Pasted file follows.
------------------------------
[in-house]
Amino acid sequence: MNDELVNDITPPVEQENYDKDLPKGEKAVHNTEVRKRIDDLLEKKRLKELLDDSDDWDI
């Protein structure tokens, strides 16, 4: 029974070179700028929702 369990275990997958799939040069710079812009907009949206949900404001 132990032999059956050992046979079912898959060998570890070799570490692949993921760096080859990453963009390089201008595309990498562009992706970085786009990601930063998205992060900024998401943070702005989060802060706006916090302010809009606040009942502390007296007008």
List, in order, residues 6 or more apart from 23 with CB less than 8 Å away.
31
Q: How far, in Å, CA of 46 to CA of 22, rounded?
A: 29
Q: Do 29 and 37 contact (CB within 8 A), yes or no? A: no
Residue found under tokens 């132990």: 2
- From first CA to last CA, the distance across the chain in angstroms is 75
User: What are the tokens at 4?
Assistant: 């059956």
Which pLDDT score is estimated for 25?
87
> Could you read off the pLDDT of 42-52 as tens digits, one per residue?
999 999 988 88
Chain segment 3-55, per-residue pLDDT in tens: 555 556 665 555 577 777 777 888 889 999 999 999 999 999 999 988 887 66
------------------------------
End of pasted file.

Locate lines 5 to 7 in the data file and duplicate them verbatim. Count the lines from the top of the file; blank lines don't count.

31
Q: How far, in Å, CA of 46 to CA of 22, rounded?
A: 29